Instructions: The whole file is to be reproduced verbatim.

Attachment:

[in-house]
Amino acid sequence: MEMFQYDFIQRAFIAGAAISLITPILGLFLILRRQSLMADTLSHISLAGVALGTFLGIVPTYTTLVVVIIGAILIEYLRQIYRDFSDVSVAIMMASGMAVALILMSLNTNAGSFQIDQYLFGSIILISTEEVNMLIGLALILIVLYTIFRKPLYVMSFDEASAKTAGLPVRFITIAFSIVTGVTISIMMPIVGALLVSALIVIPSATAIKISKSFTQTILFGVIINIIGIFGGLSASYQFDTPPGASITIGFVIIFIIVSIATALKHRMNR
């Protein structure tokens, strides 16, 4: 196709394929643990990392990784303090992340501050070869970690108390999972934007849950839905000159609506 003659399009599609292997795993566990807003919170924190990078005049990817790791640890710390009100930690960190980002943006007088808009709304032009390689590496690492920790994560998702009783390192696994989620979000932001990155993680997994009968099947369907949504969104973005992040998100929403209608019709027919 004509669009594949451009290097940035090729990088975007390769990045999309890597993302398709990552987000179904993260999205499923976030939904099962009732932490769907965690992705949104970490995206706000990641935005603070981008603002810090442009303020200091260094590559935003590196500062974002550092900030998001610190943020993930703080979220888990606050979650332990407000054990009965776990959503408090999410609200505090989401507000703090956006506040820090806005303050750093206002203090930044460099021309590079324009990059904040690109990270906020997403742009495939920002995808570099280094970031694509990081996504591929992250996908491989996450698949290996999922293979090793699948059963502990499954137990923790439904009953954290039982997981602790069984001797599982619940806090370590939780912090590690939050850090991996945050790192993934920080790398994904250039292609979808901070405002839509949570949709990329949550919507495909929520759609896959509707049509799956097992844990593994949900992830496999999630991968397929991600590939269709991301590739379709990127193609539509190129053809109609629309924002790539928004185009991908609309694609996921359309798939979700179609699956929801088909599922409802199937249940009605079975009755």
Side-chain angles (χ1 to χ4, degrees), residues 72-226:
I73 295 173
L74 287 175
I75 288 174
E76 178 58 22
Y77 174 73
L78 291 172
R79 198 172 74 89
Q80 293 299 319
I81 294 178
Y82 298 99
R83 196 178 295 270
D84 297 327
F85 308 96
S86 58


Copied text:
[in-house]
Amino acid sequence: MEMFQYDFIQRAFIAGAAISLITPILGLFLILRRQSLMADTLSHISLAGVALGTFLGIVPTYTTLVVVIIGAILIEYLRQIYRDFSDVSVAIMMASGMAVALILMSLNTNAGSFQIDQYLFGSIILISTEEVNMLIGLALILIVLYTIFRKPLYVMSFDEASAKTAGLPVRFITIAFSIVTGVTISIMMPIVGALLVSALIVIPSATAIKISKSFTQTILFGVIINIIGIFGGLSASYQFDTPPGASITIGFVIIFIIVSIATALKHRMNR
């Protein structure tokens, strides 16, 4: 196709394929643990990392990784303090992340501050070869970690108390999972934007849950839905000159609506 003659399009599609292997795993566990807003919170924190990078005049990817790791640890710390009100930690960190980002943006007088808009709304032009390689590496690492920790994560998702009783390192696994989620979000932001990155993680997994009968099947369907949504969104973005992040998100929403209608019709027919 004509669009594949451009290097940035090729990088975007390769990045999309890597993302398709990552987000179904993260999205499923976030939904099962009732932490769907965690992705949104970490995206706000990641935005603070981008603002810090442009303020200091260094590559935003590196500062974002550092900030998001610190943020993930703080979220888990606050979650332990407000054990009965776990959503408090999410609200505090989401507000703090956006506040820090806005303050750093206002203090930044460099021309590079324009990059904040690109990270906020997403742009495939920002995808570099280094970031694509990081996504591929992250996908491989996450698949290996999922293979090793699948059963502990499954137990923790439904009953954290039982997981602790069984001797599982619940806090370590939780912090590690939050850090991996945050790192993934920080790398994904250039292609979808901070405002839509949570949709990329949550919507495909929520759609896959509707049509799956097992844990593994949900992830496999999630991968397929991600590939269709991301590739379709990127193609539509190129053809109609629309924002790539928004185009991908609309694609996921359309798939979700179609699956929801088909599922409802199937249940009605079975009755």
Side-chain angles (χ1 to χ4, degrees), residues 72-226:
I73 295 173
L74 287 175
I75 288 174
E76 178 58 22
Y77 174 73
L78 291 172
R79 198 172 74 89
Q80 293 299 319
I81 294 178
Y82 298 99
R83 196 178 295 270
D84 297 327
F85 308 96
S86 58